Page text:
• Obtain any required approvals from public authorities.


Follow the road to re-occupancy

If your facility is not yet ready to occupy, these steps may help facilitate any repairs or reconstruction:

  • Identify current building code requirements including demolition and cleanup ordinances, fire protection and Americans with Disabilities Act or other legal or regulatory requirements.
  • Determine construction standards and obtain necessary permits.
  • Establish priorities at the designated restoration site by identifying critical business applications and processes needed to stay in business.
  • Document all damage including estimates or prices for repair/replacement and outline what is needed to resume operations.
  • Implement security procedures at the damaged facility to protect undamaged property. Ensure that access to the facility is controlled and protection systems have been reactivated and are operational.


Provide some human resources

Even though your building may pass all safety codes and your employees are physically able to return to work, disasters can take an emotional toll that may make it difficult to adjust. Here are some tips to help your employees cope with post-disaster stress:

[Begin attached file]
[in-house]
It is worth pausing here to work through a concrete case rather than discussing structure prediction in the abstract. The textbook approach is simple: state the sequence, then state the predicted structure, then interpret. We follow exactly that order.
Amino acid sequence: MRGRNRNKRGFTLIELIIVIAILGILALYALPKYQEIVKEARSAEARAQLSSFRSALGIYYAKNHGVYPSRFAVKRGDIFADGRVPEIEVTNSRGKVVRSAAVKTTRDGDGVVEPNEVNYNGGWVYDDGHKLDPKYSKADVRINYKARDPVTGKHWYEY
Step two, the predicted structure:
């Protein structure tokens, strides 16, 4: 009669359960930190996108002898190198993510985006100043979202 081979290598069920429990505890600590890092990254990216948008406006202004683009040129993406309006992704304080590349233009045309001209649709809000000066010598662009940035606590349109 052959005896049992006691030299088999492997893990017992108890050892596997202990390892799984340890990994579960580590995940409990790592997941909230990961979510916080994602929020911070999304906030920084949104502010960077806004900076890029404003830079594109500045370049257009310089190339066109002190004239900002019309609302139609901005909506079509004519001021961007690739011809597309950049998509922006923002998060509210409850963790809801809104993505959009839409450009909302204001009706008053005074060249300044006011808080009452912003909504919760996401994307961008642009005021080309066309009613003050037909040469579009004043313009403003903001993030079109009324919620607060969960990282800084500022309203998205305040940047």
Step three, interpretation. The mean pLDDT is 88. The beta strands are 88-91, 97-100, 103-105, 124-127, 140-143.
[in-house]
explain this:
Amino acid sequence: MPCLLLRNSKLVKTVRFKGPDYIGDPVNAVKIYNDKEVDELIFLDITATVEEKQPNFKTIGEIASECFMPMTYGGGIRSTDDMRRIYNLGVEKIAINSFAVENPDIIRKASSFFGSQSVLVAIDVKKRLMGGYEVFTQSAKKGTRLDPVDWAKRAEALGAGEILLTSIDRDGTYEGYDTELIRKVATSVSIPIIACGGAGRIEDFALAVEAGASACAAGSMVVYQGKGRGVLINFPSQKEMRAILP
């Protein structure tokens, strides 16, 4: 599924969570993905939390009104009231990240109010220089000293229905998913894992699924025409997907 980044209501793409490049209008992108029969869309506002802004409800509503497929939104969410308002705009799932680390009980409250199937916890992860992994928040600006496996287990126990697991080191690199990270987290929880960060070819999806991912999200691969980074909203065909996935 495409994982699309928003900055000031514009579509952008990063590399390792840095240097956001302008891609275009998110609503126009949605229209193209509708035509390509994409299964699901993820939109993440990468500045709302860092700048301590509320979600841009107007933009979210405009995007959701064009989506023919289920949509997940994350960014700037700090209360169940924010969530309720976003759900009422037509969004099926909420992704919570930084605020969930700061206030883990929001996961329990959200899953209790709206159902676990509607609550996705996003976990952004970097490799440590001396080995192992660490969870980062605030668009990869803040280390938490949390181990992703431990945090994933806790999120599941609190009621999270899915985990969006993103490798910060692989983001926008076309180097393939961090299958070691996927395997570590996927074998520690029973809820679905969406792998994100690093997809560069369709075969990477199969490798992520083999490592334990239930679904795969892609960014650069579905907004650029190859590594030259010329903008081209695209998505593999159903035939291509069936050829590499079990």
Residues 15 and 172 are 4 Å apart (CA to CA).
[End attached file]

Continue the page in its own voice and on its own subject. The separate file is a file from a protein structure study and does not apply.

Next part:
• Employees may be dealing with their own losses. Prepare for accommodations such as vans and carpooling, on-site day care and flexible scheduling to help.
  • Schedule regular meetings with employees to communicate progress on any restorations and reiterate overall corporate objectives.
  • Provide employee assistance services or engage a crisis management firm to help employees deal with stress.
  • If employees are helping with restorations, provide protective equipment such as eyewear, gloves, dust masks and respirators as needed and required.